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We live in weird and double-sided times. We expose ourselves shamelessly before the eyes of thousands of people we don’t know, we interact through social media with people who are on the other side of the planet, we wander the Internet carelessly, leaving behind a trace of data that is afterwards used by others in their own interest. We are becoming more and more transparent at our own will. At the same time, we complain constantly about being surveilled, controlled, enclosed. Aren’t we contributing to this ourselves?

But as usual there is an opposite side to this coin. There are quite a few who deliberately stay away from the flashes, who claim an anonymity that allows them to interact with their surroundings in a different way, far from that disturbing and constant noise. If some of us become transparent, others call for some opacity that seems out of reach in this chain of overexposure and excessive information. Legitimately so in a world as complicated as ours – its safety justifies any kind of control, no matter how invasive it may be. Zach Blas, who you will meet in these pages, is one of those people. An artist who defends the right to opacity, he reflects upon concepts such as visibility and technological control. “I think transparency is a false thing. Transparency in relation to identity and visibility is an ideological construct,” he assures. He quotes philosopher Édouard Glissand when he claims, “Something in us will always remain undefined, unknown and unquantifiable. As we don't even fully understand ourselves, we have the right to be opaque first to ourselves and then to others.”

Quite possibly, more than a handful of haters around the web will stand by these words. But some that will most probably agree as well are those who hide behind masks and avatars not in a move of cowardice or lack of will to stick up for their deplorable actions, but rather because in certain situations our own skin might not be thick enough to protect us from extreme conditions. Laura Albert was a subject that we couldn’t leave behind in this issue. We revisit the phenomenon of Sarah, the literary hype of the early 2000s. Albert wrote the book under the name and mask of JT Leroy, a hustler and drug addict with a history of sexual abuse in the past that ended up being a celebrity after the publication of his alleged novel inspired by himself. It comes as no surprise that when the truth came to light she had to face ruthless criticism. Jeff Feuerzeig goes deep into the story in his latest documentary, released last year: Author: The JT LeRoy Story. Albert wonders if her novels (she wrote two more under the same name) have any less value because she didn't signed them – she questions if her true story written as fiction stopped being real once the truth saw the light.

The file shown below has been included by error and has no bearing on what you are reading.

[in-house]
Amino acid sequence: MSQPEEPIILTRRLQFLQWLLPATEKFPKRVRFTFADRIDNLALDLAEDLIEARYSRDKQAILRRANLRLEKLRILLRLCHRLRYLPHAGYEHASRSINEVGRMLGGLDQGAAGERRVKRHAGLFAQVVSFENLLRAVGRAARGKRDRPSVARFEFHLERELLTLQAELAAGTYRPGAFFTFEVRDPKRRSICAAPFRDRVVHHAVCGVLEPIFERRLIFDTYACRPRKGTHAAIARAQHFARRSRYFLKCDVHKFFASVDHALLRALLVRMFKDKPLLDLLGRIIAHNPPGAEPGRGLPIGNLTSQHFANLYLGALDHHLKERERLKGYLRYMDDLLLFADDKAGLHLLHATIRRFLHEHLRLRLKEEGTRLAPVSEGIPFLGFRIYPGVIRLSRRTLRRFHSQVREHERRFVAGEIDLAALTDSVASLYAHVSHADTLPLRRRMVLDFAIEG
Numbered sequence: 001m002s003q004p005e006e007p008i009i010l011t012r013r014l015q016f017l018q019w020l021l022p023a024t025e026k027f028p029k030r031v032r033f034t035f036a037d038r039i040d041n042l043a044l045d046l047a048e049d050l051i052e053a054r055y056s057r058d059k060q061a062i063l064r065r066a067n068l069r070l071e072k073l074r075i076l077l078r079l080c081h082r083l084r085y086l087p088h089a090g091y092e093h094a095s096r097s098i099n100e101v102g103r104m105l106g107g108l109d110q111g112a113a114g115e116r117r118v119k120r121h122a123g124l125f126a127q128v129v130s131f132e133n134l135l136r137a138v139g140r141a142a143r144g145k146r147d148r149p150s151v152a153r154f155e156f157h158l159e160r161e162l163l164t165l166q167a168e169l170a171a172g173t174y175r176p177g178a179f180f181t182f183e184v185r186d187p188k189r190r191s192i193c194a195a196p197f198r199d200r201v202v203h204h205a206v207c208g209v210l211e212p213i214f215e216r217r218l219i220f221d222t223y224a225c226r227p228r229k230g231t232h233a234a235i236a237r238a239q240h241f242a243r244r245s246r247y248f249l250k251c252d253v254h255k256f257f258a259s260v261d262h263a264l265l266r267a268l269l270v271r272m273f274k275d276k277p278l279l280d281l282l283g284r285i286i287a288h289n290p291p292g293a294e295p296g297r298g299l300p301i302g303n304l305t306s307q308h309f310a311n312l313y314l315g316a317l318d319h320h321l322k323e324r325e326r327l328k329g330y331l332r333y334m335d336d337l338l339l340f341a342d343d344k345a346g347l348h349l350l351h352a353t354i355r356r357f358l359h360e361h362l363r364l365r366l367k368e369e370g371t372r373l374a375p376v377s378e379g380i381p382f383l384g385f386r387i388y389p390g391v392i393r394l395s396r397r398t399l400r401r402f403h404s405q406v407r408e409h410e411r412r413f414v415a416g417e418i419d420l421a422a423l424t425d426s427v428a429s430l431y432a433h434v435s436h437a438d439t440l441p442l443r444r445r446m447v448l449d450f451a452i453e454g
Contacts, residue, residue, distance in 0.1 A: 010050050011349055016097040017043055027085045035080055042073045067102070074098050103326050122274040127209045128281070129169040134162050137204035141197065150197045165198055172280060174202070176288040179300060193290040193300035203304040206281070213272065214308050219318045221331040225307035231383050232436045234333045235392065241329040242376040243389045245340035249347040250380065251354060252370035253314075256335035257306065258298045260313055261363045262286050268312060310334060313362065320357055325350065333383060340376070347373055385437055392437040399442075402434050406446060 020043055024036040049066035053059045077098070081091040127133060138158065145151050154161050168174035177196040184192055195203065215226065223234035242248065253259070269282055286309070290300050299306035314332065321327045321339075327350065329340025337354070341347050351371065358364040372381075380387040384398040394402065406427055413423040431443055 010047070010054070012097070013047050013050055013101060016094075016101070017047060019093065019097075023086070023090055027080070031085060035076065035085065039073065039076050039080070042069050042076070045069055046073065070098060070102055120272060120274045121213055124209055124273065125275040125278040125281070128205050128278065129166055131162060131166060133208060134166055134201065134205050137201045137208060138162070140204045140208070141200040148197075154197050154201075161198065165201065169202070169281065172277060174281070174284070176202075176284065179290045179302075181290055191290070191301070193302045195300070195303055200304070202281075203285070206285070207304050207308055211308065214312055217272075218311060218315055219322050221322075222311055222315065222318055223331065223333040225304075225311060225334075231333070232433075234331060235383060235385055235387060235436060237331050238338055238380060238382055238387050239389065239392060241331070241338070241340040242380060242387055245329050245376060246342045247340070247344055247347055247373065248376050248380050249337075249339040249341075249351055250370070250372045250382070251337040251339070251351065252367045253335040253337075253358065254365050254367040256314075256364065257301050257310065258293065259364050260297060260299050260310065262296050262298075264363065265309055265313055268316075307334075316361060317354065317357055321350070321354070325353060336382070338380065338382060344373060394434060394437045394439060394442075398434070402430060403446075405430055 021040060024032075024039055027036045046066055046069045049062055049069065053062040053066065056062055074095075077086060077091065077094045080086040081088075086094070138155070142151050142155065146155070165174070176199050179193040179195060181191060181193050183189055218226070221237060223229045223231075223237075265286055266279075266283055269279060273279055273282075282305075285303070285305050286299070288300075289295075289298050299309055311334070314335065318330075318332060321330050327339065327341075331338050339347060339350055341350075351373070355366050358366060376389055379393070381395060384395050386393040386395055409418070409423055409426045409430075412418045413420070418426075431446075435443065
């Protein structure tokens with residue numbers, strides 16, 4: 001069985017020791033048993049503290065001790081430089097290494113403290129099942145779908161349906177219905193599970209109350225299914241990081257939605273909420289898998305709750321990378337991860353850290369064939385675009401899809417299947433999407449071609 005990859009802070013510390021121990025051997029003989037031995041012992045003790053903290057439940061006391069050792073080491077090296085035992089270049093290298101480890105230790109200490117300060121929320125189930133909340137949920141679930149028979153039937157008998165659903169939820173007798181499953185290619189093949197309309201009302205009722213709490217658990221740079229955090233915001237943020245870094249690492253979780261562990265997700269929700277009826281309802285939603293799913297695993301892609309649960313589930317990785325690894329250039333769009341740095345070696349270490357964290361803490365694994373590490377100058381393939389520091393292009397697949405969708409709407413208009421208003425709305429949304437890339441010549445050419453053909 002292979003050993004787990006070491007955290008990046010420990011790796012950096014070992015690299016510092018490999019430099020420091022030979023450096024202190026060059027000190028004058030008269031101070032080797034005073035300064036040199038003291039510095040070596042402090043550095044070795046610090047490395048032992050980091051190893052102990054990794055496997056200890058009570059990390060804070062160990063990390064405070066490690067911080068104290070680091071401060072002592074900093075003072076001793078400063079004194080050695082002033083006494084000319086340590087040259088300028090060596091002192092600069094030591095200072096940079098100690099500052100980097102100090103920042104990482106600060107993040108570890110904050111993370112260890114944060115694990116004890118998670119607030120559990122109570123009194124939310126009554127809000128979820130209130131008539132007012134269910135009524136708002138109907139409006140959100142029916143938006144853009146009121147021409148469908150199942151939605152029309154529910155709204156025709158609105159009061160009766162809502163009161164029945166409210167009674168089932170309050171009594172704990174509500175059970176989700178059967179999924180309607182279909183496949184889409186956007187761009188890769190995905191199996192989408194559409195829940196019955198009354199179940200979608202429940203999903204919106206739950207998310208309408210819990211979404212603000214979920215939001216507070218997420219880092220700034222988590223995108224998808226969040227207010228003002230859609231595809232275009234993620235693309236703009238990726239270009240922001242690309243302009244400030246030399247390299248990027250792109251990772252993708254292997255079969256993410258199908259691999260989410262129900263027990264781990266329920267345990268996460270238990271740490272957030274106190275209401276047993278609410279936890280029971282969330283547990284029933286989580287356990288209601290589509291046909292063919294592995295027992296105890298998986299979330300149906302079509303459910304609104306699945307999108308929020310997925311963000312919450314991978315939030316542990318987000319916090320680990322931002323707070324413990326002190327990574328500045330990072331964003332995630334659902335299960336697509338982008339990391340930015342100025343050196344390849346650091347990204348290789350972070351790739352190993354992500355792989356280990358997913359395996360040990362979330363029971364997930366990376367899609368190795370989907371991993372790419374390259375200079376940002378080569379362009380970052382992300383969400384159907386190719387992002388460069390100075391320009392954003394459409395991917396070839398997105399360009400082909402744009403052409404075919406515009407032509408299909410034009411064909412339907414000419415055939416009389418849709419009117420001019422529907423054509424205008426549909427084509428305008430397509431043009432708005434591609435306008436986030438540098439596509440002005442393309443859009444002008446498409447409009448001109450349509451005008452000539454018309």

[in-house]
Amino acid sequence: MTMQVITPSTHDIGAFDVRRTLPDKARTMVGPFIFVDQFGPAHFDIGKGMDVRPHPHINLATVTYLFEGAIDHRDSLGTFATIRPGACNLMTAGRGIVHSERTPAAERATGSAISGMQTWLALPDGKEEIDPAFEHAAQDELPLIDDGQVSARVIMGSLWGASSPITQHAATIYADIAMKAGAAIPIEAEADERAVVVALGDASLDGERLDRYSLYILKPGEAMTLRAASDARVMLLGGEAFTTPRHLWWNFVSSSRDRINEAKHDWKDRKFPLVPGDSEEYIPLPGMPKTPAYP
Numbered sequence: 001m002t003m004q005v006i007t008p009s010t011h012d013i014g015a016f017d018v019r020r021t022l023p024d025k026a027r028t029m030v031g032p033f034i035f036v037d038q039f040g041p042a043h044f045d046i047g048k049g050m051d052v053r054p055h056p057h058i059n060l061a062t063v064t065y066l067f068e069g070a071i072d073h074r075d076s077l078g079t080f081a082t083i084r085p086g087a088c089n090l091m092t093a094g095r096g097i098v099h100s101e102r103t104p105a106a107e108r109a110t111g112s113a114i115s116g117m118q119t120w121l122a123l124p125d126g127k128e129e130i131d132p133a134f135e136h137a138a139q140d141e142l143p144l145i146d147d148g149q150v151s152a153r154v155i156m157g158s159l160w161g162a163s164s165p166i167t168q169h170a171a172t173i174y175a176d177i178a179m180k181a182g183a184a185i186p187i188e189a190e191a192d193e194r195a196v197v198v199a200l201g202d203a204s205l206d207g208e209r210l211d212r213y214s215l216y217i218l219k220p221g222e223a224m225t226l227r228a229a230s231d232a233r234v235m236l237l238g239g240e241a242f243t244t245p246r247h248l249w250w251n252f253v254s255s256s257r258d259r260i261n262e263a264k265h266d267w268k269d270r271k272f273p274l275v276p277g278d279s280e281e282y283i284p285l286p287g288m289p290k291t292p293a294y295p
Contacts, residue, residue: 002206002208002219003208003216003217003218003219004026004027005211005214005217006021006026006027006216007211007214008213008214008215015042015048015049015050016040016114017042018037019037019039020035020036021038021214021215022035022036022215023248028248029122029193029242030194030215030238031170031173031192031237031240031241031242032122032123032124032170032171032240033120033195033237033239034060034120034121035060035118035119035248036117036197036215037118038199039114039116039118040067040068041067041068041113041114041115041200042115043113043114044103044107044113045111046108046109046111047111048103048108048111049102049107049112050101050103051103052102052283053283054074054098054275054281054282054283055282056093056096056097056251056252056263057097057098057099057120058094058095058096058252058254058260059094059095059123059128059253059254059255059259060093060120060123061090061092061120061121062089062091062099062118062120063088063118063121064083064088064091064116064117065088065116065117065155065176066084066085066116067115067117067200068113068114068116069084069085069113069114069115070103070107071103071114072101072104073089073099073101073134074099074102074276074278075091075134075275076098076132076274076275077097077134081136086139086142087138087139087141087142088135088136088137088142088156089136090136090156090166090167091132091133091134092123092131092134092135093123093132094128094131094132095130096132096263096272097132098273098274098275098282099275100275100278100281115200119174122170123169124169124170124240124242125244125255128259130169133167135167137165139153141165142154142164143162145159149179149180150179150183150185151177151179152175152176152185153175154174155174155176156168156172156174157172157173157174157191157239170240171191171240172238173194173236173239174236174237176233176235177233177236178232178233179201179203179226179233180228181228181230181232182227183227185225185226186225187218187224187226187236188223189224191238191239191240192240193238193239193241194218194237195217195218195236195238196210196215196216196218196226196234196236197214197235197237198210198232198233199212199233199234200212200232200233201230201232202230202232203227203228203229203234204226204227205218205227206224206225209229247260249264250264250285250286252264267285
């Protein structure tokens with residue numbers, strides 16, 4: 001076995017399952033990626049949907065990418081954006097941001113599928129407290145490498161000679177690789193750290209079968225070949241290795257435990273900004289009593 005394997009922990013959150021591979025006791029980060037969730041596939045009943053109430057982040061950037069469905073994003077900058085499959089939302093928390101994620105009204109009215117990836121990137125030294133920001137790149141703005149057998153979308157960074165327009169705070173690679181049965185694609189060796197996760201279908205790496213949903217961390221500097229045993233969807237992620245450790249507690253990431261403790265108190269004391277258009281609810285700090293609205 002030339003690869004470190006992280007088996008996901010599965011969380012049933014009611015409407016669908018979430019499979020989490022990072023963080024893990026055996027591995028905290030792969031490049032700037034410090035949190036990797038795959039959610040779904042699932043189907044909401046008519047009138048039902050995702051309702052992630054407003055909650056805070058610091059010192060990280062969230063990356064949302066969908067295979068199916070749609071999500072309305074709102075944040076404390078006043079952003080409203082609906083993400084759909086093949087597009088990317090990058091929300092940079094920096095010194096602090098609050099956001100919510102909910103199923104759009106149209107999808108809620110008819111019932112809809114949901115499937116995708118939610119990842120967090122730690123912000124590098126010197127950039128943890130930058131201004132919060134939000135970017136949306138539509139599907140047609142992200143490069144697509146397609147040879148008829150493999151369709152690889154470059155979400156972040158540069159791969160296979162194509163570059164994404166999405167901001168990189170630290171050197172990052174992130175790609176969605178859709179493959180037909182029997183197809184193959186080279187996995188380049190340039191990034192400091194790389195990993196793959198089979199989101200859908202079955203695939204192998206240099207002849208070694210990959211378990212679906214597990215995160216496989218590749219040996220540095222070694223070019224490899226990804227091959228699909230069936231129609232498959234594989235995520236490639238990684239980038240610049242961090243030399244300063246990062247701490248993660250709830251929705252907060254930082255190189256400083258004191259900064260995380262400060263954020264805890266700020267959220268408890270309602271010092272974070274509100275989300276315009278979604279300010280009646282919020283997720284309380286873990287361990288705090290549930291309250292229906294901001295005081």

The backlash was devastating back then, in the advent of the social media era we currently live in. One can’t help but wonder what would have happened today, in the wake of the social media era, in a moment when, according to Sebastian Bieniek, we spend our time looking at others through the artificial eye of smartphones. He warns: “By using this camera to film someone, they’re actually hunting you. And the people who are being hunted, the ones who are filmed, they want to respond by looking back. If you don’t know how to look back anymore, you’re lost.” That may be what’s happening, since we are so tired of looking back that we decided to look forward with no face and no name, hidden in an anonymity that might not render us free, but gives us the comfort of displaying only what we choose for the rest to see.
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Yolanda Muelas & Carlos Ramírez

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